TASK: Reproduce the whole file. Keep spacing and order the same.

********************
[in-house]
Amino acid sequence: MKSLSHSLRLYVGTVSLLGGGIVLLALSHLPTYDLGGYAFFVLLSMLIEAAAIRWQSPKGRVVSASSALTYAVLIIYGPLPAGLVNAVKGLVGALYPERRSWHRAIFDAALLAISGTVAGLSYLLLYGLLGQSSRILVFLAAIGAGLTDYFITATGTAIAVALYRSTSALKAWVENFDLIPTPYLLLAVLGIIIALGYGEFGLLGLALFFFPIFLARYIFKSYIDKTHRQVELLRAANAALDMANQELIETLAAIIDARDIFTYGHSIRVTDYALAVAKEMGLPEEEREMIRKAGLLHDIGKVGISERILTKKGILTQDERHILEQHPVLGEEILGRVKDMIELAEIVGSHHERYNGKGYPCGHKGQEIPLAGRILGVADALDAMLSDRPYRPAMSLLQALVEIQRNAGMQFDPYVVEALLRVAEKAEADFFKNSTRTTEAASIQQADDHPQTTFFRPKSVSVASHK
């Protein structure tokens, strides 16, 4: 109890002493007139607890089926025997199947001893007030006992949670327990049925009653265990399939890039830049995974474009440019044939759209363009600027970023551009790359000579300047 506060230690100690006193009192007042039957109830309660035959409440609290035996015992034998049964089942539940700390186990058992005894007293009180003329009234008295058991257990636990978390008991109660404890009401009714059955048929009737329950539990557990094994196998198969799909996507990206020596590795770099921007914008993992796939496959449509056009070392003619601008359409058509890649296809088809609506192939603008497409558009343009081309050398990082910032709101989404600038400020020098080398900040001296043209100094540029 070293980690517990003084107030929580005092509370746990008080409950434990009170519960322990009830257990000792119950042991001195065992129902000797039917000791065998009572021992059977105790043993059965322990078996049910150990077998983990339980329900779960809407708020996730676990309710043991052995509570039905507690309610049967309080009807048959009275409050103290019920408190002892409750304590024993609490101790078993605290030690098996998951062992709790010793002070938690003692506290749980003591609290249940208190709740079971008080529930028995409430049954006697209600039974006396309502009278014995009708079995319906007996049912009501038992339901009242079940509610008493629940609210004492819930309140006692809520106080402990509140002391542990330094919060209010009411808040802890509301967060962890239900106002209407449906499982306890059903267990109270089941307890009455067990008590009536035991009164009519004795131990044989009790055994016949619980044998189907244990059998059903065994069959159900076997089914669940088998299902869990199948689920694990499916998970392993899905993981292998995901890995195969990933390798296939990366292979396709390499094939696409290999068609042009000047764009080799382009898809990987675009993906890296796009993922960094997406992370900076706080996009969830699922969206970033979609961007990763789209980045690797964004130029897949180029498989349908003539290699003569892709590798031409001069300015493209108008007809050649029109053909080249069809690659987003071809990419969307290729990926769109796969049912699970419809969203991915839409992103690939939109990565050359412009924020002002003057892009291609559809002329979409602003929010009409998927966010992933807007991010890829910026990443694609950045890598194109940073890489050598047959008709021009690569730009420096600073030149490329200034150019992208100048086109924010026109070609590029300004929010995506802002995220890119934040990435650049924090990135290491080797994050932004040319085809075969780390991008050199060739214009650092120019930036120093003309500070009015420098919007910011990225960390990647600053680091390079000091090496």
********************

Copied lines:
[in-house]
Amino acid sequence: MKSLSHSLRLYVGTVSLLGGGIVLLALSHLPTYDLGGYAFFVLLSMLIEAAAIRWQSPKGRVVSASSALTYAVLIIYGPLPAGLVNAVKGLVGALYPERRSWHRAIFDAALLAISGTVAGLSYLLLYGLLGQSSRILVFLAAIGAGLTDYFITATGTAIAVALYRSTSALKAWVENFDLIPTPYLLLAVLGIIIALGYGEFGLLGLALFFFPIFLARYIFKSYIDKTHRQVELLRAANAALDMANQELIETLAAIIDARDIFTYGHSIRVTDYALAVAKEMGLPEEEREMIRKAGLLHDIGKVGISERILTKKGILTQDERHILEQHPVLGEEILGRVKDMIELAEIVGSHHERYNGKGYPCGHKGQEIPLAGRILGVADALDAMLSDRPYRPAMSLLQALVEIQRNAGMQFDPYVVEALLRVAEKAEADFFKNSTRTTEAASIQQADDHPQTTFFRPKSVSVASHK
């Protein structure tokens, strides 16, 4: 109890002493007139607890089926025997199947001893007030006992949670327990049925009653265990399939890039830049995974474009440019044939759209363009600027970023551009790359000579300047 506060230690100690006193009192007042039957109830309660035959409440609290035996015992034998049964089942539940700390186990058992005894007293009180003329009234008295058991257990636990978390008991109660404890009401009714059955048929009737329950539990557990094994196998198969799909996507990206020596590795770099921007914008993992796939496959449509056009070392003619601008359409058509890649296809088809609506192939603008497409558009343009081309050398990082910032709101989404600038400020020098080398900040001296043209100094540029 070293980690517990003084107030929580005092509370746990008080409950434990009170519960322990009830257990000792119950042991001195065992129902000797039917000791065998009572021992059977105790043993059965322990078996049910150990077998983990339980329900779960809407708020996730676990309710043991052995509570039905507690309610049967309080009807048959009275409050103290019920408190002892409750304590024993609490101790078993605290030690098996998951062992709790010793002070938690003692506290749980003591609290249940208190709740079971008080529930028995409430049954006697209600039974006396309502009278014995009708079995319906007996049912009501038992339901009242079940509610008493629940609210004492819930309140006692809520106080402990509140002391542990330094919060209010009411808040802890509301967060962890239900106002209407449906499982306890059903267990109270089941307890009455067990008590009536035991009164009519004795131990044989009790055994016949619980044998189907244990059998059903065994069959159900076997089914669940088998299902869990199948689920694990499916998970392993899905993981292998995901890995195969990933390798296939990366292979396709390499094939696409290999068609042009000047764009080799382009898809990987675009993906890296796009993922960094997406992370900076706080996009969830699922969206970033979609961007990763789209980045690797964004130029897949180029498989349908003539290699003569892709590798031409001069300015493209108008007809050649029109053909080249069809690659987003071809990419969307290729990926769109796969049912699970419809969203991915839409992103690939939109990565050359412009924020002002003057892009291609559809002329979409602003929010009409998927966010992933807007991010890829910026990443694609950045890598194109940073890489050598047959008709021009690569730009420096600073030149490329200034150019992208100048086109924010026109070609590029300004929010995506802002995220890119934040990435650049924090990135290491080797994050932004040319085809075969780390991008050199060739214009650092120019930036120093003309500070009015420098919007910011990225960390990647600053680091390079000091090496």